5. Riddle 57 from Exeter Book

I war oft against wave and fight against wind,
do battle with both, when I reach to the ground,
covered by the waters. The land is strange to me.
I am strong in the strife if I stay at rest.
If I fail at that, they are stronger than I
and forthwith they wrench me and put me to rout.
They would carry away what I ought to defend.
I withstand them then if my tail endures
and the stones hold me fast. Ask what my name is.

The answer is anchor.

6. Riddle 58 from Exeter Book

Beautifully made in many ways
is this our world, cunningly adorned.
Marvelous is its motion, I saw this device
grind against the gravel, crying out as it went.
This marvelous thing had no sight nor feeling,
neither shoulders nor arms. One foot only
had this curious device to journey along on,
to move over the fields. It had many ribs,
its mouth was midway. Useful to mortals,
it bears abundance of food to the people,
brings them plenty and pays to men
annual tribute which all enjoy,
the high and the lowly. Explain if you can,
who are wise in words, what this thing may be.

The answer is ship.

7. Riddle 59 from Exeter Book

I am honored among men both near and far;
brought from the groves and inhabited hills,
from vales and from downs. By day I was borne
on wings through the air and happily wafted
to the shelter of roofs. Then they bathed me in butts.
Now I bind and I scourge and I overthrow
the young to the ground and the elders sometimes,
and this he soon finds who takes me on
and attacks me with violence; he falls on his back
unless he flees from his folly. Robbed of his strength,
though strong in speech, he is deprived of his powers,
and control of his mind, of his feet and his hands.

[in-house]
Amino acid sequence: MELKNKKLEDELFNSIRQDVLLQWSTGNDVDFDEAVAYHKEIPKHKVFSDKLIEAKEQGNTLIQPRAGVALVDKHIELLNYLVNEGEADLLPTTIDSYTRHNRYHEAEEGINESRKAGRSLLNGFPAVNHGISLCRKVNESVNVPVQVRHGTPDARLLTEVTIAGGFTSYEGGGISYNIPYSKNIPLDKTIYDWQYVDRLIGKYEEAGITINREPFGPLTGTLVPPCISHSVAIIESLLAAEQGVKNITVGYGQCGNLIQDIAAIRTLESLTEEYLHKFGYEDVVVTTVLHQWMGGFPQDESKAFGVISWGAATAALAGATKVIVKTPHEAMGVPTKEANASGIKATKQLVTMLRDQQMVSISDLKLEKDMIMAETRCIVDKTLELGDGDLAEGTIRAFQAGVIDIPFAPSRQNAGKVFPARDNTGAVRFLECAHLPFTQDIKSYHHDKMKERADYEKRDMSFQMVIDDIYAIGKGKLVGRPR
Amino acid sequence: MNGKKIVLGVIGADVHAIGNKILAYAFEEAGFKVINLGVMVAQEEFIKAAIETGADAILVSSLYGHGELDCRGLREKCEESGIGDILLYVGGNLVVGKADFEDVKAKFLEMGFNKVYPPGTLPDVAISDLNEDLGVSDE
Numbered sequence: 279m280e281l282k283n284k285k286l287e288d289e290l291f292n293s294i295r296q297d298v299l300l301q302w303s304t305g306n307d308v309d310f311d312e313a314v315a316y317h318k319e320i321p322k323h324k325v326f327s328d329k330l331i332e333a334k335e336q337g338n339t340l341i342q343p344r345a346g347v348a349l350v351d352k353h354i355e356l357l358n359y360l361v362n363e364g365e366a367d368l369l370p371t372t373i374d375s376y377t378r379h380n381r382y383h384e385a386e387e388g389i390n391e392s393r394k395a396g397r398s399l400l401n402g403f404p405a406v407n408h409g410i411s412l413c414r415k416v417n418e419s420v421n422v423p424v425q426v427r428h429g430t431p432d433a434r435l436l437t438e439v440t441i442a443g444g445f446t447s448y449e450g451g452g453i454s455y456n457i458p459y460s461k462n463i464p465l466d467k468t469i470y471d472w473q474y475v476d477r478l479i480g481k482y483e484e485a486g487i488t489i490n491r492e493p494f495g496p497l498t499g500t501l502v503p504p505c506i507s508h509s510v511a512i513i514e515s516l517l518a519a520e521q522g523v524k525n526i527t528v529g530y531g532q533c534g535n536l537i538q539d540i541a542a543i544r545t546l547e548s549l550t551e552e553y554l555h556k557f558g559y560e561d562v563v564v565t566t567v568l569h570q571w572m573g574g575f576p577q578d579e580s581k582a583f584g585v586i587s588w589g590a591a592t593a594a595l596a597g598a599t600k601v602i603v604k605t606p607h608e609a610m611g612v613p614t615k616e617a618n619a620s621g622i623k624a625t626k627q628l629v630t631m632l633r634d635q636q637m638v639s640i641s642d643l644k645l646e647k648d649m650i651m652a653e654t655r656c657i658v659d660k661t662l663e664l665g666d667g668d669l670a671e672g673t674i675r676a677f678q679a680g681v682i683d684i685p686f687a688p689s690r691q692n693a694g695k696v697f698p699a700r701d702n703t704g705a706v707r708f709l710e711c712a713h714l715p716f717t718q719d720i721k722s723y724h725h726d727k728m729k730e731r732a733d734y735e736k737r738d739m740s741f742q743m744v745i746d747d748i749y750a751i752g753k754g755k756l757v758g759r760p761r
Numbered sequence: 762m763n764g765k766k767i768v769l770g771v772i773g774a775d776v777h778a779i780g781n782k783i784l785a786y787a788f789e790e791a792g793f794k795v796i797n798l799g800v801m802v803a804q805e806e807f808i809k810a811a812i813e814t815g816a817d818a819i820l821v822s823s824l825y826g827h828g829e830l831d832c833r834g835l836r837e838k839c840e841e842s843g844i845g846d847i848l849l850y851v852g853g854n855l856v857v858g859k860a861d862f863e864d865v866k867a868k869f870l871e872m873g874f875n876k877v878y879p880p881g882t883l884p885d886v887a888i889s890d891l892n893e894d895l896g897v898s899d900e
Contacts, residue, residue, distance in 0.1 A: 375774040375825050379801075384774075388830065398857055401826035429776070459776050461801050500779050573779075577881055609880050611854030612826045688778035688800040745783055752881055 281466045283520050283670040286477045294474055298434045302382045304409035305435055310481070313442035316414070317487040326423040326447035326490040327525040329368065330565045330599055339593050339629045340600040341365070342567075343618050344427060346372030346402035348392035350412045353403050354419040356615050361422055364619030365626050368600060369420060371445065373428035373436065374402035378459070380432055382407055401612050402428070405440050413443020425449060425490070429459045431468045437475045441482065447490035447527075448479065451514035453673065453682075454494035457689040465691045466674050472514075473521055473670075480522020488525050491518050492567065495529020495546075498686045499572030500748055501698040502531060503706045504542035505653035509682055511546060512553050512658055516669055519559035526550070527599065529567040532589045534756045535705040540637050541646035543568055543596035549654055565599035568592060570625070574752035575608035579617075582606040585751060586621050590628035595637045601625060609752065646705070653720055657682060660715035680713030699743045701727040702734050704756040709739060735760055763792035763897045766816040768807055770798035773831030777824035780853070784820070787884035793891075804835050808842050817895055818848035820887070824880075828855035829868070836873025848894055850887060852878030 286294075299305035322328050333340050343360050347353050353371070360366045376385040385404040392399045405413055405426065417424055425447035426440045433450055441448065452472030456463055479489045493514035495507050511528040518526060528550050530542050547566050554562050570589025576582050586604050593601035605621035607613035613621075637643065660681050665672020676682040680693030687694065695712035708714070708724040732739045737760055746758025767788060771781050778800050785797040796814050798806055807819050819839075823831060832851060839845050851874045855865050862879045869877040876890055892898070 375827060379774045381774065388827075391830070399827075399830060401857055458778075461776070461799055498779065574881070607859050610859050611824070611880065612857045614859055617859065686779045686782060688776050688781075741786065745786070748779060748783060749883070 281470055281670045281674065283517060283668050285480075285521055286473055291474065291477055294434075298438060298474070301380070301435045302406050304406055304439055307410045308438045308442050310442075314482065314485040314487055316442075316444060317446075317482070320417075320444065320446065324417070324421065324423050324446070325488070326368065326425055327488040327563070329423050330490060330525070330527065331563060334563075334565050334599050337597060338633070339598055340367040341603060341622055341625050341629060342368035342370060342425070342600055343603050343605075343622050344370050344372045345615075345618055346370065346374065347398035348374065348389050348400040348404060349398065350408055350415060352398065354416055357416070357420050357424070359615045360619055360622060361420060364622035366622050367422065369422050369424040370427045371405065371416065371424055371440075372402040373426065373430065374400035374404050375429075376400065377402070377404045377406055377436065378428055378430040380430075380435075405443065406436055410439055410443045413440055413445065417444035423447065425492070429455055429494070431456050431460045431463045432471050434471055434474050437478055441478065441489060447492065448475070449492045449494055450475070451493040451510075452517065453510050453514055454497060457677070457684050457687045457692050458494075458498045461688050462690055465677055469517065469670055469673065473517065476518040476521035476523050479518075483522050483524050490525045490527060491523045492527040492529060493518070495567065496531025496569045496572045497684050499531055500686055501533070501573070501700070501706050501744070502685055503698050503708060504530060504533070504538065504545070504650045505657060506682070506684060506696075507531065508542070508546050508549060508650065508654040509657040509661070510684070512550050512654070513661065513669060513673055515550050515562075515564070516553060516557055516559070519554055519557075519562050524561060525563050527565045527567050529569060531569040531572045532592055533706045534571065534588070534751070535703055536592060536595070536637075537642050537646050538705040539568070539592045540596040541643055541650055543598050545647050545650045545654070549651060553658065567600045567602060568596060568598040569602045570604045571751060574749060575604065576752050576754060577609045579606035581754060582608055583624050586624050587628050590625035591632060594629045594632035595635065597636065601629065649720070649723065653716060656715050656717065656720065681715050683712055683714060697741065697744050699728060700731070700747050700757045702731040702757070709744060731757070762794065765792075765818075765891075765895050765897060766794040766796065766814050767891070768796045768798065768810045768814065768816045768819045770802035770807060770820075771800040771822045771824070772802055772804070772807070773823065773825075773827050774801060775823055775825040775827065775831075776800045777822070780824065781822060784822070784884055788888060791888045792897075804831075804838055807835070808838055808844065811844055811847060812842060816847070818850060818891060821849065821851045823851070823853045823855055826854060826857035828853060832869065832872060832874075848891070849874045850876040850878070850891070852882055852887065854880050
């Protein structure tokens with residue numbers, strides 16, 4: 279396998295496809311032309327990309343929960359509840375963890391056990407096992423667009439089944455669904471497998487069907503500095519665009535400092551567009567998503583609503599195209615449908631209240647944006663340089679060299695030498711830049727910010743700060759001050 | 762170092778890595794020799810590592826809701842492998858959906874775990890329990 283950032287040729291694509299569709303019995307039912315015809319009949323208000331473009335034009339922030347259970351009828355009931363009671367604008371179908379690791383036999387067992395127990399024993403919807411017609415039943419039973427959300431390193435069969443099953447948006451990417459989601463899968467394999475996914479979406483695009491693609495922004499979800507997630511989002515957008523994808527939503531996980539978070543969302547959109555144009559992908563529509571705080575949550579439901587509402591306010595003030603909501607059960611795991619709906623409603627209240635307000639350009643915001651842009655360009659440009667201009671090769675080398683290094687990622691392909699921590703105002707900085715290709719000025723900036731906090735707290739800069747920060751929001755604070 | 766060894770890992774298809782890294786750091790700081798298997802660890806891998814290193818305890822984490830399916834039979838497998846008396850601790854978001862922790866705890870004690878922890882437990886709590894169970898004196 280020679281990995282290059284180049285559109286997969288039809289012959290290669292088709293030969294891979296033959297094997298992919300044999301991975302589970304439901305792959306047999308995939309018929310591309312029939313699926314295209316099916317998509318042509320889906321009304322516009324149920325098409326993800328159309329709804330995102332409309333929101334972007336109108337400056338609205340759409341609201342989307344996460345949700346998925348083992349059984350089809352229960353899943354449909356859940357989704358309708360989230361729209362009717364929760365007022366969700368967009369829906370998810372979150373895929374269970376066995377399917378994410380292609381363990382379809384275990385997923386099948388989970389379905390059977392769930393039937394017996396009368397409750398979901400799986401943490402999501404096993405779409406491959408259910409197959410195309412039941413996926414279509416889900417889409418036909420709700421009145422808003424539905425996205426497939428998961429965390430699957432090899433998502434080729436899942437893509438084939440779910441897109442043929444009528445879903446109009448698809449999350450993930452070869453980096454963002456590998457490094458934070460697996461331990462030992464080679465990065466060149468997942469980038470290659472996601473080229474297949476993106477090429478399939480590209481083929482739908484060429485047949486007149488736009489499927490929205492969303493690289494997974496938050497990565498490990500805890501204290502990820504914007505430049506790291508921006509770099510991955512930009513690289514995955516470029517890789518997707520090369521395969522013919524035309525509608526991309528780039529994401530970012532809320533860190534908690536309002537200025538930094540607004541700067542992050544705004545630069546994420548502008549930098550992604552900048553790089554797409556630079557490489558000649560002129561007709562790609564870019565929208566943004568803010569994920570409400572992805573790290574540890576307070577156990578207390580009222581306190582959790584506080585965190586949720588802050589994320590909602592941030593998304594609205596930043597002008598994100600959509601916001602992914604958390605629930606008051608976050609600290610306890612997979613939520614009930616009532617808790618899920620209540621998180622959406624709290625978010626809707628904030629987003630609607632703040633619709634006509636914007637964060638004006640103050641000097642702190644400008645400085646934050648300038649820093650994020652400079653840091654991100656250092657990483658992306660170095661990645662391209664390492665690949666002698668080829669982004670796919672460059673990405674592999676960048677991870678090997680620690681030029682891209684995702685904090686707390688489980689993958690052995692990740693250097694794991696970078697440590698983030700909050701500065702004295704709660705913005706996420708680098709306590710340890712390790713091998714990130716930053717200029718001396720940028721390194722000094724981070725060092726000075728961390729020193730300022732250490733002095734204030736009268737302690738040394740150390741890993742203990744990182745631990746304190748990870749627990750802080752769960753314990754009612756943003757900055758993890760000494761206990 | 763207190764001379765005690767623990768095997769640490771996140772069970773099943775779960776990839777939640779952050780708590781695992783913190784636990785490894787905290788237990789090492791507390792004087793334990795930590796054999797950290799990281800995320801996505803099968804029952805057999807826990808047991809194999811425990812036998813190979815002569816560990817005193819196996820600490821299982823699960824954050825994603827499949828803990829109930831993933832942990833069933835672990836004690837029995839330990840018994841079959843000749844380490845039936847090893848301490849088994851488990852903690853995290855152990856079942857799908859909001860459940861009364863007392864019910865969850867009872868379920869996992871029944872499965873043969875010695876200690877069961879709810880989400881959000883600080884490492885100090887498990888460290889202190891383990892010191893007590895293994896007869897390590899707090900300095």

Ask what my name is who bind men to the ground,
the foolish after fighting, in broad daylight.

The answer is mead.

8. Riddle 62 from Exeter Book

Not silent is my hall, nor I myself am loud
. . . for us two the Lord ordained
our ways together. I am swifter than he
and at times stronger; he is more enduring.
Often I rest; he must run on.
With him is my home all my life long.
If we two are parted my death is destined.

The answers are fish and river.

9. Riddle 67 from Exeter Book

I am a lordly, thing known to nobles,
and often I rest, famous among peoples,
the mighty and the lowly; I travel widely
and to me first a stranger remains to my friends
the delight of plunderers, if I am to have
success in the cities or bright reward.
Now wise men exceedingly love
my presence. To many I shall
declare wisdom. There they speak not,
none the world over. Though now the sons of men
who live on the earth eagerly seek
the tracks that I make. I sometimes conceal
those paths of mine from all mankind.

The answer could be either moon or minstrel.

10. Riddle 90 from Exeter Book

I was the boast of brown [things], a tree in the forest,
a fine living thing and a fruit of the field,
a foundation of joy, a woman’s message,
gold in the homes. Now I am a warrior’s
happy weapon with a ring …

The answer is most likely beech tree.